Brahms: German Requiem (ein Deutsches Requiem) – BBC Radio 3
“…a fascinating new disc on the Guild label, featuring a complete performance of the Requiem in its piano duet version, played by Jeremy Filsell and Roderick Chadwick, and sung by the Vasari Singers under Jeremy Backhouse.
It was this arrangement that was used in the English première of the work in 1871, which took place at the house of the distinguished surgeon Sir Henry Thompson.
Brahms intended his arrangement for people wishing to get to know the work at home, rather than for public performance – so I suppose it’s reasonable to ask what the point of recording it is, and I can only say that the proof of the pudding is in the hearing: it’s artistically perfectly viable and certainly doesn’t feel like a cheap imitation. Actually what it does do to the piece is very interesting. It effectively neutralises the orchestral part, and throws the weight onto the choral writing; and this makes you more aware of the abstract ‘stuff’ of the music itself. And I found it very moving to hear the work like this, shorn of its orchestral finery, but just as splendid in its nakedness.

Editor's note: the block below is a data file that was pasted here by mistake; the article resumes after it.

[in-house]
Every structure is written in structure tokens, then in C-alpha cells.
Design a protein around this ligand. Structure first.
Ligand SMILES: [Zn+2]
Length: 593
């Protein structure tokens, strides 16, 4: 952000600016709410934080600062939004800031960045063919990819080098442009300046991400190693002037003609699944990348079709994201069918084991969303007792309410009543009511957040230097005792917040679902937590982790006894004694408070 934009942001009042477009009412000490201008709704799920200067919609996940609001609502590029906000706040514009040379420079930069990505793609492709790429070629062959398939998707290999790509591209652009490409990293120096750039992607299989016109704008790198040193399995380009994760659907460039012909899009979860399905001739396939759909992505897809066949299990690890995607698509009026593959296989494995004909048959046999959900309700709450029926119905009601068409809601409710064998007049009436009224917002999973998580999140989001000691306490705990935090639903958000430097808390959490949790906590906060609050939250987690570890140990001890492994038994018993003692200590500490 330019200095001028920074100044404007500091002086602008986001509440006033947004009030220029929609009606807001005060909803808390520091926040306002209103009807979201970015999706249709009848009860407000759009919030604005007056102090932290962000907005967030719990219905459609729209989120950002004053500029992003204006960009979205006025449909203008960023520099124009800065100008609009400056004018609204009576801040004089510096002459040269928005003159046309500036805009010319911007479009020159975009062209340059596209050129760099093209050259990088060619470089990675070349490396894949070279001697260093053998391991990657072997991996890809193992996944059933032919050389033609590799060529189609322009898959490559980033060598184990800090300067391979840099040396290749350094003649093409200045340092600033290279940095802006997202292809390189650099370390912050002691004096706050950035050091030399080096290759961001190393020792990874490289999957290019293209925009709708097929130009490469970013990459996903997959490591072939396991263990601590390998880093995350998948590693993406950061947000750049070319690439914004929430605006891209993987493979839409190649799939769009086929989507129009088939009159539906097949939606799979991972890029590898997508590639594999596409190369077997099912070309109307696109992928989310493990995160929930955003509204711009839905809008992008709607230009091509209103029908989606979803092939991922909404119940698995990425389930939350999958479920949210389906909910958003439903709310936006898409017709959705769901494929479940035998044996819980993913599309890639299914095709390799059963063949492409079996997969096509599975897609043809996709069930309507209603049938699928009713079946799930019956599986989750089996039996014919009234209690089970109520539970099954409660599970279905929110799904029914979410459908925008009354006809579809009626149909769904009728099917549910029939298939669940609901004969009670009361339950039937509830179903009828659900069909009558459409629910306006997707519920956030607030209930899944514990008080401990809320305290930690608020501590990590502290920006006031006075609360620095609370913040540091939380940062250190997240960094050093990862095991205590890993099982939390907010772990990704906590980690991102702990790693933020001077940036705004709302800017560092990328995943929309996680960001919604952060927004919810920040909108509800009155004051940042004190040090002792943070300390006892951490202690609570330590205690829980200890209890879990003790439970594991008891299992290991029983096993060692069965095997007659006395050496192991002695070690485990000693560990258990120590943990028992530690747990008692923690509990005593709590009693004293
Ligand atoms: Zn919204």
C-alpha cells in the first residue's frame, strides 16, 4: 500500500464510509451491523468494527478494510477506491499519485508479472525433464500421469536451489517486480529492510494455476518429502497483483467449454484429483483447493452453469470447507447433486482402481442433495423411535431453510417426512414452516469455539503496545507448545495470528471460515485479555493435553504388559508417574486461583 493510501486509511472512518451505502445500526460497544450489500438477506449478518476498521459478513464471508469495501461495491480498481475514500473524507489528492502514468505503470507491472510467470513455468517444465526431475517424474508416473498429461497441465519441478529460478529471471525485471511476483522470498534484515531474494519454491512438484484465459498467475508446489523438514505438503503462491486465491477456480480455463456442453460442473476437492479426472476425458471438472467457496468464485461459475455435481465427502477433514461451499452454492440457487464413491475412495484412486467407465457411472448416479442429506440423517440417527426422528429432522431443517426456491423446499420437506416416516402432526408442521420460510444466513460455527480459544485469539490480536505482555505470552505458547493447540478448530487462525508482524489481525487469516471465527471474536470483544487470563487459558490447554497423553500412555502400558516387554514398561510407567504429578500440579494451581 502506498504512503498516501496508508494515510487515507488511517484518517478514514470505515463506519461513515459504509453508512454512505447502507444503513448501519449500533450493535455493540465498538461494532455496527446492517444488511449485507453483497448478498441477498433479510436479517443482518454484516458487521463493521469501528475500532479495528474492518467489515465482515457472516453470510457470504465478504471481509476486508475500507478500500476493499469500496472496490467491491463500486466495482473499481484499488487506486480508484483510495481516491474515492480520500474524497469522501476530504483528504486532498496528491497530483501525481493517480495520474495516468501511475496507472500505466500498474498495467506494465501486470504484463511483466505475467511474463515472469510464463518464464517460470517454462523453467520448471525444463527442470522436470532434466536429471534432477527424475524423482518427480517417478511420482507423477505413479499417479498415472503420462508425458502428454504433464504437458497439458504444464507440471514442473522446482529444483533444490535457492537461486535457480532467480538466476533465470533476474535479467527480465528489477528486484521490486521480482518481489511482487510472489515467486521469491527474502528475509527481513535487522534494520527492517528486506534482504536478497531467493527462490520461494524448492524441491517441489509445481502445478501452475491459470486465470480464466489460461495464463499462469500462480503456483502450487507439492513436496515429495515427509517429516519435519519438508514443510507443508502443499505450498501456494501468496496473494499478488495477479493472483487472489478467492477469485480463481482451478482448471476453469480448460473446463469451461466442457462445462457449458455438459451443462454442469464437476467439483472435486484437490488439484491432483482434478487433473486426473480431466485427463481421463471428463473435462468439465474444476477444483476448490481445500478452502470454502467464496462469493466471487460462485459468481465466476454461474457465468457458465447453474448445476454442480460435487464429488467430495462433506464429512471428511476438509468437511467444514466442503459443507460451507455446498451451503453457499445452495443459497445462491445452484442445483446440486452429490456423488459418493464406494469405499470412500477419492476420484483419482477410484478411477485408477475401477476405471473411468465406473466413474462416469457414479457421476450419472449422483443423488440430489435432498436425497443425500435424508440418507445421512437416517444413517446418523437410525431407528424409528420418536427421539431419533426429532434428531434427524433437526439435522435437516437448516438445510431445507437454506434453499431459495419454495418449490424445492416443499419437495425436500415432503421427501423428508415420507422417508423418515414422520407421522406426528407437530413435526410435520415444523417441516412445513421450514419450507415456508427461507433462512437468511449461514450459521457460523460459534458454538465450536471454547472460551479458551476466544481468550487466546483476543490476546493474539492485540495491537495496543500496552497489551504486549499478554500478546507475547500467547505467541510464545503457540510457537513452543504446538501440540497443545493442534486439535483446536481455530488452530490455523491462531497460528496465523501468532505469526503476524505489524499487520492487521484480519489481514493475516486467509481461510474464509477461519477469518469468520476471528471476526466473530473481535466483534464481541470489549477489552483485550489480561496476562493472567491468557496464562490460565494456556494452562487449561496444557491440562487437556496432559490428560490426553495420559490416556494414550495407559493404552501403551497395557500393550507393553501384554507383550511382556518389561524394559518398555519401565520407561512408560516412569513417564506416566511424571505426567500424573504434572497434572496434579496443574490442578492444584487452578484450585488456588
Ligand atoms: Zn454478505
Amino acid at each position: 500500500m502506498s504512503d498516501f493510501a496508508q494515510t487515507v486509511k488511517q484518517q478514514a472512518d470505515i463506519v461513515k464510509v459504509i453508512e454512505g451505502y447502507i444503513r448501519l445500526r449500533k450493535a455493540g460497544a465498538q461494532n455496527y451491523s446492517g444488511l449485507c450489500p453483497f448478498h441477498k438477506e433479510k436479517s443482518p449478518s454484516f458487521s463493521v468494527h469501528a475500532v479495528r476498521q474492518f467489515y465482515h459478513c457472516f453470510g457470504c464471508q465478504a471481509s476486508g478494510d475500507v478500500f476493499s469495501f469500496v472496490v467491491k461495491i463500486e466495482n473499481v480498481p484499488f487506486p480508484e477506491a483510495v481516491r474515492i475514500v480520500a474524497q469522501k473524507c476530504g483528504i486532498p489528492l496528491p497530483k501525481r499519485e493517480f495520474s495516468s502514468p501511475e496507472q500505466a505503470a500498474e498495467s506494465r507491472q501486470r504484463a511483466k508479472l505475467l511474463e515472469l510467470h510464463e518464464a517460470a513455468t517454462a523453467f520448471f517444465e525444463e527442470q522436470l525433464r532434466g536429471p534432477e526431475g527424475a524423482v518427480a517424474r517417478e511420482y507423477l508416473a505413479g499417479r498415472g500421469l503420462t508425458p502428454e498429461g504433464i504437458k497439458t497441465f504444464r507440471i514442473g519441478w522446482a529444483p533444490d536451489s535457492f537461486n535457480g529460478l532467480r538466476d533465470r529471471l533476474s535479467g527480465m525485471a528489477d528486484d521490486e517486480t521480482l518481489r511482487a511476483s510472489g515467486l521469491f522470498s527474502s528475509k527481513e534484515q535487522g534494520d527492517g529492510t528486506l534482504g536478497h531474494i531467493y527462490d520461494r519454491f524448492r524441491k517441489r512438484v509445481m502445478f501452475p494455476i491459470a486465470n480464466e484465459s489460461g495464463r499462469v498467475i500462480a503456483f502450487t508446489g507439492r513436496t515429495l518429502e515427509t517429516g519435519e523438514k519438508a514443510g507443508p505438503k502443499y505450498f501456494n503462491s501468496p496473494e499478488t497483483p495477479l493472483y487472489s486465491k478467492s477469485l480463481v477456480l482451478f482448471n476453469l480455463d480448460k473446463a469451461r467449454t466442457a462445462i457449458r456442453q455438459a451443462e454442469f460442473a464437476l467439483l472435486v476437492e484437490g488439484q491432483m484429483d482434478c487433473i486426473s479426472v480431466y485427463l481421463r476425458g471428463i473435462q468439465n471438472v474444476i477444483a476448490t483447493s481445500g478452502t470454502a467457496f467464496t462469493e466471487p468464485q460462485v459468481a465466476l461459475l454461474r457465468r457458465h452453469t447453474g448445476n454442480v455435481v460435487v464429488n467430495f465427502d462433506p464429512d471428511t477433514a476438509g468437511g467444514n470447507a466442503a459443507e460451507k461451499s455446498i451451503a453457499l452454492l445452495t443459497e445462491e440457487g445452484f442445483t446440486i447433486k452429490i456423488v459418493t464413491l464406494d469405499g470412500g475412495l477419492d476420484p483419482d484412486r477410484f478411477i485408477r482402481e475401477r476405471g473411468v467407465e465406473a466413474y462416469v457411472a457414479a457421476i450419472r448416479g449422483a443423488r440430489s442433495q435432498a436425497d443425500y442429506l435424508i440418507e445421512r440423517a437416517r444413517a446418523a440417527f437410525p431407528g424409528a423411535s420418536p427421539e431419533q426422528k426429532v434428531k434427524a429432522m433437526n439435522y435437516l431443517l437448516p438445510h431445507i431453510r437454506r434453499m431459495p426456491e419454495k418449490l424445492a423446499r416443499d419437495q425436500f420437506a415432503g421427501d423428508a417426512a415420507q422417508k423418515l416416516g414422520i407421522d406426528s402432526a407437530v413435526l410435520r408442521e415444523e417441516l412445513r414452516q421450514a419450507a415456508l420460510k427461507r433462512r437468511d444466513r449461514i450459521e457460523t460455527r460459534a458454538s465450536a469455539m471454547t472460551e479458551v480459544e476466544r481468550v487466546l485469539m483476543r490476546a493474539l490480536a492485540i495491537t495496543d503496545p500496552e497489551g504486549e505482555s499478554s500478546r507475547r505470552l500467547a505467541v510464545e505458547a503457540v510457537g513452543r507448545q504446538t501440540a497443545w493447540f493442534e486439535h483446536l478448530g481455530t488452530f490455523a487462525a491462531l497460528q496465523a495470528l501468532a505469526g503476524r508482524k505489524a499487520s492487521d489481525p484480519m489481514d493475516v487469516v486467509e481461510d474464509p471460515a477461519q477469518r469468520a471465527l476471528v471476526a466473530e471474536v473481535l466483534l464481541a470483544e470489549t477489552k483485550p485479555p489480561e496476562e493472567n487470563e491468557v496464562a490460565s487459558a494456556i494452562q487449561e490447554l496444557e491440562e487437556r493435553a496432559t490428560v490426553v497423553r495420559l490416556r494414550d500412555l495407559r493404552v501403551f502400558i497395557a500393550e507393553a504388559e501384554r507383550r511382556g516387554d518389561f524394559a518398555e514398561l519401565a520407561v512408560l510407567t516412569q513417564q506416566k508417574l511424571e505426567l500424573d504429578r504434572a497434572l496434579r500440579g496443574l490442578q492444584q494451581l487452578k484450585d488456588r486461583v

On the whole the performance is good, though not really spectacular. The Vasaris’ sound is neat and rather light, which for my money isn’t quite what you want when you’re throwing the focus of such a massive work onto the choir. They do buckle under the strain in places, especially in those great fugues that just go on and on. And I’m not sure about the recording sound, which is muddy and piano-heavy. But these quibbles don’t ruin the performance, and the choir makes up for them by being very musical and extremely well-disciplined.
But I think special plaudits must go to the pianists, Filsell and Chadwick, who produce some beautiful colours, and some exciting muscular playing in the big orchestral tuttis. Overall then, a very interesting disc, and well worth considering, though don’t buy it instead of an orchestral version.”
BBC Radio 3